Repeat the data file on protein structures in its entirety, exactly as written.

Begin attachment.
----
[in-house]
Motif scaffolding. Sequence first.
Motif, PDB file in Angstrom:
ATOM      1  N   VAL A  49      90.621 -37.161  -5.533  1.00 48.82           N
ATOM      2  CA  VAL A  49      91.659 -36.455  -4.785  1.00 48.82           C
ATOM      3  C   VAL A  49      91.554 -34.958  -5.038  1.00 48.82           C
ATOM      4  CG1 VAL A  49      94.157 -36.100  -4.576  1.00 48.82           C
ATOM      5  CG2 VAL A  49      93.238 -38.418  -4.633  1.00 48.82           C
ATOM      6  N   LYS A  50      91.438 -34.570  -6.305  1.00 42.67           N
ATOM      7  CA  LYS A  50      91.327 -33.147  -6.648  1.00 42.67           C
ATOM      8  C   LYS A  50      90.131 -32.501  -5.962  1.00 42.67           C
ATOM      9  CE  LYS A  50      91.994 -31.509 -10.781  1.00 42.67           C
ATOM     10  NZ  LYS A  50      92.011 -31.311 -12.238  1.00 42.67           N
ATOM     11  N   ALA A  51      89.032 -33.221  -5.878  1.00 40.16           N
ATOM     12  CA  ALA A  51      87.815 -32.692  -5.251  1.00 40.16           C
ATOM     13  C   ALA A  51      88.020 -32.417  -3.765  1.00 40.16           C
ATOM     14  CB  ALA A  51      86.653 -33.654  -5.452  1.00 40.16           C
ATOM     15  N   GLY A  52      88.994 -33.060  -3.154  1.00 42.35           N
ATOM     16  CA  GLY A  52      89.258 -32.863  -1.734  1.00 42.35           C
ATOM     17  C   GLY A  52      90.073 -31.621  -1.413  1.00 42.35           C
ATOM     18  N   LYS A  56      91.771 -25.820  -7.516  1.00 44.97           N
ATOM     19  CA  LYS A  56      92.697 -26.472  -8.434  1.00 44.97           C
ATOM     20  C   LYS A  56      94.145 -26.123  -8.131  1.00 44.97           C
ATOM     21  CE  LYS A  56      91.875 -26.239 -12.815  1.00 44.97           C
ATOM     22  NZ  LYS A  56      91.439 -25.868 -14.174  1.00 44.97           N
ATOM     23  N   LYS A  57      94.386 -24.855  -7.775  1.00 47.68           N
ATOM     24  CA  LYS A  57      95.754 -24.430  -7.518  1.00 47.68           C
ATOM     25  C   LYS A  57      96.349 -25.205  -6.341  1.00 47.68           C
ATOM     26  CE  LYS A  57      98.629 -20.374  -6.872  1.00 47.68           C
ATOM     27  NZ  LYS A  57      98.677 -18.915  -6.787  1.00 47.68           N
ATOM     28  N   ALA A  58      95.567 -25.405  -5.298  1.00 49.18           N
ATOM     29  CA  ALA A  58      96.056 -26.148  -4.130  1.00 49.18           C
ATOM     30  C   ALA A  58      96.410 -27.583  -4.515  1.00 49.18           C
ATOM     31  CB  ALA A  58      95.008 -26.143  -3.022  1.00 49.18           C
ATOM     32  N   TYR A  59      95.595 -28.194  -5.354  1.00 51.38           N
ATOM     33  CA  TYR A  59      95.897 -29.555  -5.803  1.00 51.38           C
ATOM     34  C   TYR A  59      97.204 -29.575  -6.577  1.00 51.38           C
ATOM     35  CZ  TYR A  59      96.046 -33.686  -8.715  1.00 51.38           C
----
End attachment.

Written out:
[in-house]
Motif scaffolding. Sequence first.
Motif, PDB file in Angstrom:
ATOM      1  N   VAL A  49      90.621 -37.161  -5.533  1.00 48.82           N
ATOM      2  CA  VAL A  49      91.659 -36.455  -4.785  1.00 48.82           C
ATOM      3  C   VAL A  49      91.554 -34.958  -5.038  1.00 48.82           C
ATOM      4  CG1 VAL A  49      94.157 -36.100  -4.576  1.00 48.82           C
ATOM      5  CG2 VAL A  49      93.238 -38.418  -4.633  1.00 48.82           C
ATOM      6  N   LYS A  50      91.438 -34.570  -6.305  1.00 42.67           N
ATOM      7  CA  LYS A  50      91.327 -33.147  -6.648  1.00 42.67           C
ATOM      8  C   LYS A  50      90.131 -32.501  -5.962  1.00 42.67           C
ATOM      9  CE  LYS A  50      91.994 -31.509 -10.781  1.00 42.67           C
ATOM     10  NZ  LYS A  50      92.011 -31.311 -12.238  1.00 42.67           N
ATOM     11  N   ALA A  51      89.032 -33.221  -5.878  1.00 40.16           N
ATOM     12  CA  ALA A  51      87.815 -32.692  -5.251  1.00 40.16           C
ATOM     13  C   ALA A  51      88.020 -32.417  -3.765  1.00 40.16           C
ATOM     14  CB  ALA A  51      86.653 -33.654  -5.452  1.00 40.16           C
ATOM     15  N   GLY A  52      88.994 -33.060  -3.154  1.00 42.35           N
ATOM     16  CA  GLY A  52      89.258 -32.863  -1.734  1.00 42.35           C
ATOM     17  C   GLY A  52      90.073 -31.621  -1.413  1.00 42.35           C
ATOM     18  N   LYS A  56      91.771 -25.820  -7.516  1.00 44.97           N
ATOM     19  CA  LYS A  56      92.697 -26.472  -8.434  1.00 44.97           C
ATOM     20  C   LYS A  56      94.145 -26.123  -8.131  1.00 44.97           C
ATOM     21  CE  LYS A  56      91.875 -26.239 -12.815  1.00 44.97           C
ATOM     22  NZ  LYS A  56      91.439 -25.868 -14.174  1.00 44.97           N
ATOM     23  N   LYS A  57      94.386 -24.855  -7.775  1.00 47.68           N
ATOM     24  CA  LYS A  57      95.754 -24.430  -7.518  1.00 47.68           C
ATOM     25  C   LYS A  57      96.349 -25.205  -6.341  1.00 47.68           C
ATOM     26  CE  LYS A  57      98.629 -20.374  -6.872  1.00 47.68           C
ATOM     27  NZ  LYS A  57      98.677 -18.915  -6.787  1.00 47.68           N
ATOM     28  N   ALA A  58      95.567 -25.405  -5.298  1.00 49.18           N
ATOM     29  CA  ALA A  58      96.056 -26.148  -4.130  1.00 49.18           C
ATOM     30  C   ALA A  58      96.410 -27.583  -4.515  1.00 49.18           C
ATOM     31  CB  ALA A  58      95.008 -26.143  -3.022  1.00 49.18           C
ATOM     32  N   TYR A  59      95.595 -28.194  -5.354  1.00 51.38           N
ATOM     33  CA  TYR A  59      95.897 -29.555  -5.803  1.00 51.38           C
ATOM     34  C   TYR A  59      97.204 -29.575  -6.577  1.00 51.38           C
ATOM     35  CZ  TYR A  59      96.046 -33.686  -8.715  1.00 51.38           C